Stuck in a strange city with time to kill? Take one of our quickie tours to see the highlights of town in three hours or less.
(Business 2.0) – AH, THE TRICKY TIMING OF THE BUSINESS TRIP. You're either running to catch a plane or trying to fill the hours between your last meeting and the next flight home. You could drink another latte and answer e-mail in a dreary lounge. Or you could poke your head outside and take a look around. For the savvy business traveler long on curiosity but short on time, we've designed six quick itineraries to give you maximum exposure with a minimum of fuss.
Make your first stop the city's first neighborhood: the North End, the perfect spot for an Italian fix. Load up on fresh pasta at Trattoria Il Panino (Parmenter and Hanover streets).
Skip the big museums. Cab it to the tiny Isabella Stewart Gardner Museum in the South End (280 Fenway; $12 entrance fee). The beautiful Venetian-style building houses an impressive but manageable-size collection of paintings (Matisse, Rembrandt, John Singer Sargent). The four empty frames are reminders of a high-profile—and still unsolved—1990 theft.
Wednesdays through Saturdays, take a 10-minute cab ride to the brewery named after Boston's own patriot brewer, Sam Adams (30 Germania St.; free). Tours include tastings of Extreme Utopia—Guinness record holder as the world's strongest beer.
Start at the Field Museum of Natural History in Burnham Park (E. Roosevelt Road and S. Lake Shore Drive; $12). There you'll meet Sue, the world's largest and most completely preserved Tyrannosaurus rex.
Then grab a cab to visit the architecturally impressive Tribune Towers (435 N. Michigan Ave.). When you're done, take the stairs down to the Billy Goat Tavern for a $3 "cheezborger"—the inspiration for the famous Saturday Night Live skit.
Back above ground, head north on Michigan Avenue—a.k.a. the Magnificent Mile—for world-class window-shopping. Finish at the John Hancock Observatory (between Chestnut and Delaware). The skyscraper was invented in Chicago, and you'll see some of the finest examples glittering below.
The first stop for most tourists is the luxurious Brown Palace Hotel (321 17th St.). The 114-year-old edifice has hosted Russian czars and U.S. presidents, but it welcomes drop-in visitors for traditional afternoon tea (or, depending on your mood, a single-malt scotch and a pre-embargo Cuban cigar).
Next, take the free 16th Street shuttle to the Tattered Cover Bookstore (1628 16th St.). The friendly shop has an unusually extensive collection of books and magazines and draws celebrity writers from all over. Tom Wolfe, Margaret Atwood, and Bill and Hillary Clinton all stopped at the Tattered Cover on their book tours.
When you're done, cross the Millennium Bridge for a fantastic view of the Denver skyline against the backdrop of the Rocky Mountains; then stroll over to Confluence Park, the site of Denver's founding, to watch adventurous locals drop kayaks into the rushing South Platte River for an afternoon thrill.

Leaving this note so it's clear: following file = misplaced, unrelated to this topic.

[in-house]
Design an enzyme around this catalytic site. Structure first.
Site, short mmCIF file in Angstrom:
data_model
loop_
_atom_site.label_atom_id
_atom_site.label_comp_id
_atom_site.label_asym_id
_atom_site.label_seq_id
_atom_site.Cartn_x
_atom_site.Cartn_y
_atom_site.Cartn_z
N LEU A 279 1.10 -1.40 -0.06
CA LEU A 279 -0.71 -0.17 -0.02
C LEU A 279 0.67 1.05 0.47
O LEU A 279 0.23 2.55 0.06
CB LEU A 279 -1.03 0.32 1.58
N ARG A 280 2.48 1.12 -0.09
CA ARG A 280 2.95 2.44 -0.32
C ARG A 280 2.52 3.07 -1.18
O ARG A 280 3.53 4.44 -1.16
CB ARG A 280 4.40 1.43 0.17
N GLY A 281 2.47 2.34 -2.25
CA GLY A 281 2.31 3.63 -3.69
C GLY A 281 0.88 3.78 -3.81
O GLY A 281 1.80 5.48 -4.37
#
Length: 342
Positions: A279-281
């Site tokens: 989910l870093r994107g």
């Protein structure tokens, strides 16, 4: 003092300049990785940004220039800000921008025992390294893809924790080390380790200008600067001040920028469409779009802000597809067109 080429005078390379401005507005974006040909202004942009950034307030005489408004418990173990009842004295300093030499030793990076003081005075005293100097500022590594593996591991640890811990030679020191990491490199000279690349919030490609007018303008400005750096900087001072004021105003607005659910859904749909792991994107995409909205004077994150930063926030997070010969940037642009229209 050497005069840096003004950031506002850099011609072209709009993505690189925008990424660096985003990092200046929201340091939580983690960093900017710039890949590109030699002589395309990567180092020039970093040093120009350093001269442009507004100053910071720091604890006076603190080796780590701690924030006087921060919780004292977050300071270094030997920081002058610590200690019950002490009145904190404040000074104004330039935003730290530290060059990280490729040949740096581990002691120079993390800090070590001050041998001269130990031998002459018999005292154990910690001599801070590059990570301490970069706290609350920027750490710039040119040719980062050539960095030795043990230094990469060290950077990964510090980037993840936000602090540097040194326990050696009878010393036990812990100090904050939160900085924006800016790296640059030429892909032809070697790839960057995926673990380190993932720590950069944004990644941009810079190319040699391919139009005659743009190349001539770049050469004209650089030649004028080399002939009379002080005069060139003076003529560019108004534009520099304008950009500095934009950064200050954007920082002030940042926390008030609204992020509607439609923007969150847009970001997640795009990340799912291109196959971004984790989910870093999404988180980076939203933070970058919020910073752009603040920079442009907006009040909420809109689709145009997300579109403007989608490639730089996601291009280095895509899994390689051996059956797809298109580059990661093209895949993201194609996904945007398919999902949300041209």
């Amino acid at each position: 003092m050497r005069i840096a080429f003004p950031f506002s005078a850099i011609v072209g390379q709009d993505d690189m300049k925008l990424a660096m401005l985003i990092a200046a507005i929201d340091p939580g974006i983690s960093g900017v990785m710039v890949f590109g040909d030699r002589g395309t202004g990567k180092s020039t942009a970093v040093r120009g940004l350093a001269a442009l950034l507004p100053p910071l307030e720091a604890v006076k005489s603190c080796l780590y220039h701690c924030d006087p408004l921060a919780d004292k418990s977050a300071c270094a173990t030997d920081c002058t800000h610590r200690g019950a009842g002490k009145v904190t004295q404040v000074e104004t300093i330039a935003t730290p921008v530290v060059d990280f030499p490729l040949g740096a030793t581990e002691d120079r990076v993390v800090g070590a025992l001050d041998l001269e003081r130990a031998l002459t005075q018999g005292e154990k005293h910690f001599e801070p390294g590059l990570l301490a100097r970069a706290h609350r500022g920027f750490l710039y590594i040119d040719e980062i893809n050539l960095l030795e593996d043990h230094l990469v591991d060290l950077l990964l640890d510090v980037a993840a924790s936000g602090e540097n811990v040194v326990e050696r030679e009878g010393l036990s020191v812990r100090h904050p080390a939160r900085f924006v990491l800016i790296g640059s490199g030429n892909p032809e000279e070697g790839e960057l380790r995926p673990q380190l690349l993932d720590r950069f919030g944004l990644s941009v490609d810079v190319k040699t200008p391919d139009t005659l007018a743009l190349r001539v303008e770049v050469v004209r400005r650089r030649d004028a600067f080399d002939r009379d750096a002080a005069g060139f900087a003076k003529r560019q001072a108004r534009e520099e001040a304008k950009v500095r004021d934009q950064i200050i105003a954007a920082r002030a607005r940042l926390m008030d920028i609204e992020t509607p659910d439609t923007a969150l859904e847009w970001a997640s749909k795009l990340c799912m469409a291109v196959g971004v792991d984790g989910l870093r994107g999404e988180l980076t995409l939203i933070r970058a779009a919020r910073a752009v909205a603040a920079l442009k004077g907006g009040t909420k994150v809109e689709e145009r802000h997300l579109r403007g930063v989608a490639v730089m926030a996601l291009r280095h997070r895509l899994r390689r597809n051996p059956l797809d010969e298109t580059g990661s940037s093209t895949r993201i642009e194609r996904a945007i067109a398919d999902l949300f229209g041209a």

See all the sights Manhattan has to offer—literally—when you hop on a Liberty helicopter (12th Avenue and W. 30th Street). A whirlwind five-minute tour of the Big Apple runs $84 plus tip; 10 minutes costs $134.
When you come back to earth, take a cab to Fifth Avenue and 42nd Street, where a pair of stone lions—Patience and Fortitude—guard the New York Public Library and roar every time a virgin passes (or so legend has it). Behind the library is Bryant Park, with lots of green space, chairs, and free Wi-Fi. When you get hungry, try the upscale Asian fare at Koi, a couple of blocks away in the Bryant Park Hotel (40 W. 40th St.).
Finally, head south to the Museum of Sex (Fifth Avenue and 27th Street; $14.50) to see naked people—in photos—and learn about the history and evolution of human sexuality.
Take the Powell/Hyde Street cable car ($5) for great views from Nob and Russian hills. Get off near Ghirardelli Square at Fisherman's Wharf to start a culinary tour of one of the world's great eating cities.
Walk to Oakville Grocery on Leavenworth for a taste of Napa Valley without the two-hour drive: fabulous wine, artisan bread, cheese, and charcuterie. From there, catch the F-Market streetcar to the Ferry Building, a massive indoor market packed with ethnic restaurants and gourmet food shops. (The popular farmers' market is on Tuesdays and Saturdays.) Finally, take the F-Market streetcar back to Fourth and Market. Walk half a block southeast to Beard Papa's, a Japanese sweets shop (Yerba Buena Lane off Mission Street between Third and Fourth). Stroll through nearby Yerba Buena Gardens and enjoy your dessert.
Start at the Pike Place Market (First Avenue and Pike Street). Skip the flying fish—unless you're entertained by watching fishmongers chuck slimy seafood to one another—and refuel with a handcrafted sandwich from Uli's Famous Sausage. After you've toured the market, walk north on Pike Place past Stewart Street for coffee at the original Starbucks.
Finally, leave at least two hours for the Experience Music Project Museum (325 Fifth Ave. N.; $20). The Gehry-designed building boasts the world's largest collection of Jimi Hendrix memorabilia and a gallery of guitars played by everyone from Bob Dylan to Kurt Cobain. The highlight: the sound stage, where state-of-the-art technology makes you sound like any rock idol you choose—complete with virtual screaming fans. Groupies not included.
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Lindsay Blakely (email@example.com) is an editorial intern at Business 2.0. Susanna Hamner (firstname.lastname@example.org) is a writer-reporter.
From the April 1, 2007 issue